The Truth on Going Paperless

Companies looking for more robust and responsive record-keeping systems should strike a balance between paper and digital, and find a true “sweet spot” with going paperless.


The digital transformation revolution has been widely touted as the “end of paper” by myriad business experts. These same experts tout pure “paperless only” as the only path to good document business practices.

However increasingly, the data reveals that while going paperless may be a good idea on paper, in reality, undergoing a paperless only digital transformation process has risks and costs the experts didn’t factor into the equation.

Two Paperless Office Cases In Point

  • A study by Wakefield Research noted that company decision-makers make use of their printers significantly more often than previously thought. Overall, 73% of managers use printers and multifunction devices more than four times per day.
  • Another study by InfoTrends cites document management, record keeping and paper printing and storage as “vital corporate investments”.

Business executives agree, noting that perception and reality are vastly different on the paperless office experience.

“We found that although in our office we may strive to be as paperless as possible, many of our customers are not,” says Paula Bolton, a director at Franklin James Credit Management Ltd, a credit control specialist firm. “We receive paperwork through them on a regular basis. Consequently, keeping track of where we store relevant information for our clients and notes we produce about our clients has been a challenge.”

Risks and Realities in Digital-based Record Keeping Systems

Why is the reality so different for the paperless experience, and the emerging risks so pervasive? While the challenges of going paperless only are myriad, these issues remain at the top of the list.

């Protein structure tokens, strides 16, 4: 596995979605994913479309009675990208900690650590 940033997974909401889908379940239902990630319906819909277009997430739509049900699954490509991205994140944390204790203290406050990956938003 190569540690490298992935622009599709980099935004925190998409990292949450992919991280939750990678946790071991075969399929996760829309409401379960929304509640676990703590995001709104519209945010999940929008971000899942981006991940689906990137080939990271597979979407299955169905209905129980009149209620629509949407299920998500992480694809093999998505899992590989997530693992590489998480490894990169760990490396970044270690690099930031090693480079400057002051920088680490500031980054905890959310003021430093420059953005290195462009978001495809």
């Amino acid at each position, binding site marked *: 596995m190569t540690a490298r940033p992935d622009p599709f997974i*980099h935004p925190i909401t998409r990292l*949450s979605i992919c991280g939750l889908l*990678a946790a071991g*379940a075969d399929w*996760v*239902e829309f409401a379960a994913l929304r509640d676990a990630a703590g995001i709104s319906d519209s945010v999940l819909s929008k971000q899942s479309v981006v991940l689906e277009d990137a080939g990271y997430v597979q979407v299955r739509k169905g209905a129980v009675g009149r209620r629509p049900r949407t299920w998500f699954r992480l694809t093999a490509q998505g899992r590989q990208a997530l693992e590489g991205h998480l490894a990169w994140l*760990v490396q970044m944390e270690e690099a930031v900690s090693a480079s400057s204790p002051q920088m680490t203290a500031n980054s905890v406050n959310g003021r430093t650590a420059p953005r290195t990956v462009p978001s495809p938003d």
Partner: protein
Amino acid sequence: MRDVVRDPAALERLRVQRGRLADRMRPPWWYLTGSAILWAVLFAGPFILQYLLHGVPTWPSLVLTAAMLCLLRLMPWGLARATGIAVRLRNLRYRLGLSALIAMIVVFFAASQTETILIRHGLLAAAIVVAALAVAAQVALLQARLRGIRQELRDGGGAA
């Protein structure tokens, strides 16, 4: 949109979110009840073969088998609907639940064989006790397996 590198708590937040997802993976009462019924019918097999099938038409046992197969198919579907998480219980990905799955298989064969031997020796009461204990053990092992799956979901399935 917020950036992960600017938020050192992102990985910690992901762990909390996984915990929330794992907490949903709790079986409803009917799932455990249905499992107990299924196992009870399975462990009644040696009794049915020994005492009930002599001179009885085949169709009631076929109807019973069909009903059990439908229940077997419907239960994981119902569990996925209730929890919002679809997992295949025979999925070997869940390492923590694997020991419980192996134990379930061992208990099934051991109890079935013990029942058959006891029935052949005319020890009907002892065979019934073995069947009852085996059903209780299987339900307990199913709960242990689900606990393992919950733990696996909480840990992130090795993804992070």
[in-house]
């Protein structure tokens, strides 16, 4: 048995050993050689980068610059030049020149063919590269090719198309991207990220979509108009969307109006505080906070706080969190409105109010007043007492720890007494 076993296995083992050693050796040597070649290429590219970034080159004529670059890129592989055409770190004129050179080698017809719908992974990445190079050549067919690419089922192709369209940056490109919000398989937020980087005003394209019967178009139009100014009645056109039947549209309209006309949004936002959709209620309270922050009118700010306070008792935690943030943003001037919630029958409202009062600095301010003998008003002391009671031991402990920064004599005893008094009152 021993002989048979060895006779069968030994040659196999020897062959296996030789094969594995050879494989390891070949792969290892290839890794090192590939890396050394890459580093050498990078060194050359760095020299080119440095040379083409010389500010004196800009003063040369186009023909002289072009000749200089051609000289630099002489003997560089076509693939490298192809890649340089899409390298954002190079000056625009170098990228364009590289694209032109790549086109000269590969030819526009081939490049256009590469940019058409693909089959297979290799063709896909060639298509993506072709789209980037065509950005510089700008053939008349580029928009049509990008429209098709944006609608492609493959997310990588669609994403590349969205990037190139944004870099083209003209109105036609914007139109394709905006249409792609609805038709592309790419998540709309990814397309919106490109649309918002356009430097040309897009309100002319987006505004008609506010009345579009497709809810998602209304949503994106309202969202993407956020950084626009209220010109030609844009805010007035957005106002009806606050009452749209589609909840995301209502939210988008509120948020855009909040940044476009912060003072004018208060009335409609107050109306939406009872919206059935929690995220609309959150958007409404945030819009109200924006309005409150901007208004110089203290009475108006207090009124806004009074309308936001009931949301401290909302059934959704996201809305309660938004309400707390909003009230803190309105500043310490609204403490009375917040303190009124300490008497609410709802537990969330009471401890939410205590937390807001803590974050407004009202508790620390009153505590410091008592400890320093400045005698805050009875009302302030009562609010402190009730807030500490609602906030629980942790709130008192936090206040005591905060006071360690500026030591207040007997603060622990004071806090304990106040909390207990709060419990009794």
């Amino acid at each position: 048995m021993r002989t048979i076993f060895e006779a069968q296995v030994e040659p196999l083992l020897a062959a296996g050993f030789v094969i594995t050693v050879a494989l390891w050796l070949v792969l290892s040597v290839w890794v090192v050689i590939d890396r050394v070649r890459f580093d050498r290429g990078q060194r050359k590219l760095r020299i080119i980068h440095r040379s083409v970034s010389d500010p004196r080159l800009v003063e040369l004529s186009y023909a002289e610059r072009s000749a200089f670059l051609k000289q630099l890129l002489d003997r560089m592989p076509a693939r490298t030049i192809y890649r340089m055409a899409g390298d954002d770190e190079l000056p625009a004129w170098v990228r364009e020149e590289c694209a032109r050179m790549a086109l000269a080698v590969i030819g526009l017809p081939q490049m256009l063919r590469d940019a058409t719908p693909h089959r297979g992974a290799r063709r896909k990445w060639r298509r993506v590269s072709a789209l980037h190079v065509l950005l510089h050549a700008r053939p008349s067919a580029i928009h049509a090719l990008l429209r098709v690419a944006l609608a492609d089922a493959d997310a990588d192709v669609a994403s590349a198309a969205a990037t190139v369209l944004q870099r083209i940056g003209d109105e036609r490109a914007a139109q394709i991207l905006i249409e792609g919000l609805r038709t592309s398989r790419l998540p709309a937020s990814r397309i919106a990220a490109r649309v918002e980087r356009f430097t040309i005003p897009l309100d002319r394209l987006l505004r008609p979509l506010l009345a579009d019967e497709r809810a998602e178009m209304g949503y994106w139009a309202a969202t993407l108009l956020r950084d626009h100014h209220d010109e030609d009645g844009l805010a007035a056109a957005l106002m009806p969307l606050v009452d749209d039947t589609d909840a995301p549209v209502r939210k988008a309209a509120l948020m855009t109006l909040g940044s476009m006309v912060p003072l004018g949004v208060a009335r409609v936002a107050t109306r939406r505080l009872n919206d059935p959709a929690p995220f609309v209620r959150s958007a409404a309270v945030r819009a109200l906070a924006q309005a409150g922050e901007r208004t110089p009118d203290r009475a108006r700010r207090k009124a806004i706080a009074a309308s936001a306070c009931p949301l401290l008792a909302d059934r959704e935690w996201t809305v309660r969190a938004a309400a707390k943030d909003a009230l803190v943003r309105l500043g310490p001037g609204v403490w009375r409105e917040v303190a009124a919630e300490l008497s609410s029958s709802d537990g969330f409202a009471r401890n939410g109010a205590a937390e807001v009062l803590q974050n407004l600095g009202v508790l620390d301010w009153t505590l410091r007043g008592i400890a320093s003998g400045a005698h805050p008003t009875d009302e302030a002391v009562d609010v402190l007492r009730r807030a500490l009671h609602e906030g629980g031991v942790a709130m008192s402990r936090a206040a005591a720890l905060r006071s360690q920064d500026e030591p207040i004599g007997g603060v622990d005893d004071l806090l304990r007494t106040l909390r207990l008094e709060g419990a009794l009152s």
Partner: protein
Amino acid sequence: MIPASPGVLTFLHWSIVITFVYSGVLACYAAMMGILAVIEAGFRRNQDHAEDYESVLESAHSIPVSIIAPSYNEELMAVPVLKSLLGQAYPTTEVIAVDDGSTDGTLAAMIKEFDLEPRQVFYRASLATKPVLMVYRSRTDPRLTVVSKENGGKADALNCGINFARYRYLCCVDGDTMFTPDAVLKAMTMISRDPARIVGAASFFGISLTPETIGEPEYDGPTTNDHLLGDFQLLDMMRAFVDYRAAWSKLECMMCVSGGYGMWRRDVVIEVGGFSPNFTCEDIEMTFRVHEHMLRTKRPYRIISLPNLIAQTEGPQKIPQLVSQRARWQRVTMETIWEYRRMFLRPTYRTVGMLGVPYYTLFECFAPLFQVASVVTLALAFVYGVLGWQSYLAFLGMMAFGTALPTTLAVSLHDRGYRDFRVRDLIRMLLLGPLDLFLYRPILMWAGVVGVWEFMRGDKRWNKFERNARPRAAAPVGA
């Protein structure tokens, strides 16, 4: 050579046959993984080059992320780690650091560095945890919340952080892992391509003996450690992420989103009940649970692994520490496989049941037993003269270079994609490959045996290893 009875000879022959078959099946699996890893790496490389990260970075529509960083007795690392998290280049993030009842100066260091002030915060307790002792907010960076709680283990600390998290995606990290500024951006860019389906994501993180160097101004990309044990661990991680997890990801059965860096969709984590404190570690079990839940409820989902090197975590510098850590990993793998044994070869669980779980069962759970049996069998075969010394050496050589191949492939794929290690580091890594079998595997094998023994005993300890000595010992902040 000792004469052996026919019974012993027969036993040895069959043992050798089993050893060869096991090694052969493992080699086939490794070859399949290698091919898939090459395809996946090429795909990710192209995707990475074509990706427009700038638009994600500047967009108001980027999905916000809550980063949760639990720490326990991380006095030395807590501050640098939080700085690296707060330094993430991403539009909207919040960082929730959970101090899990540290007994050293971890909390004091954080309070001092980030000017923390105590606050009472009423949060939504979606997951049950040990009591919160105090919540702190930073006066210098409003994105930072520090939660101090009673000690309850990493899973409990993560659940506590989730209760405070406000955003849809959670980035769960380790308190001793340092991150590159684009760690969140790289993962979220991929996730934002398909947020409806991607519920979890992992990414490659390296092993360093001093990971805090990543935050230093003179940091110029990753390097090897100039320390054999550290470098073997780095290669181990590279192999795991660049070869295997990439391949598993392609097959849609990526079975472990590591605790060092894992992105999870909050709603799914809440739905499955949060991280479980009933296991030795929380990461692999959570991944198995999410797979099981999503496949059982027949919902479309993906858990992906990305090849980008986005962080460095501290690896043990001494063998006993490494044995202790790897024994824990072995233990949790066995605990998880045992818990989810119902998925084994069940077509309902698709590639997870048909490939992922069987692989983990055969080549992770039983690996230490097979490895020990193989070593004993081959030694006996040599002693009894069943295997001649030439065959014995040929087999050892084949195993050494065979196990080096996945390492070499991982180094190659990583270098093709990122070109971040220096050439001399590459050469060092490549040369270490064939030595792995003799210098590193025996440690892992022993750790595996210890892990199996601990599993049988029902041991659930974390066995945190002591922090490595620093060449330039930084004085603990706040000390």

1.

Software and hardware are always changing

It’s difficult to keep accurate tabs on the types of tools and technologies that are touted as paperless change agents. Getting a grip on exactly what digital transformation needs your firm requires is a constant moving target, especially as data and technology tools and applications grow obsolete.

2.

Companies could see problematic security issues

Data breaches are all over the news, and going paperless could expose a firm to potential data loss and the headaches that go with it. The more staffers using a digital-only recordkeeping system, the more aggressively companies have to defend against breaches, and the more companies will need to monitor systems for viruses and privacy issues.

Ransomware – a form of malicious software (or malware) – is a particular issue with digital recordkeeping. In fact, the process that makes digital files so portable is security-wise, is its chief vulnerability. With digital recordkeeping, the data held in storage is easily corruptible. Hackers can steal digital files and hold the information ransom by blocking access to it, until a payment is made (hence the name “ransomware.”) According to Barkly, the number of these attacks on businesses tripled last year, from one attack every two minutes in Q1 to one every 40 seconds by Q3.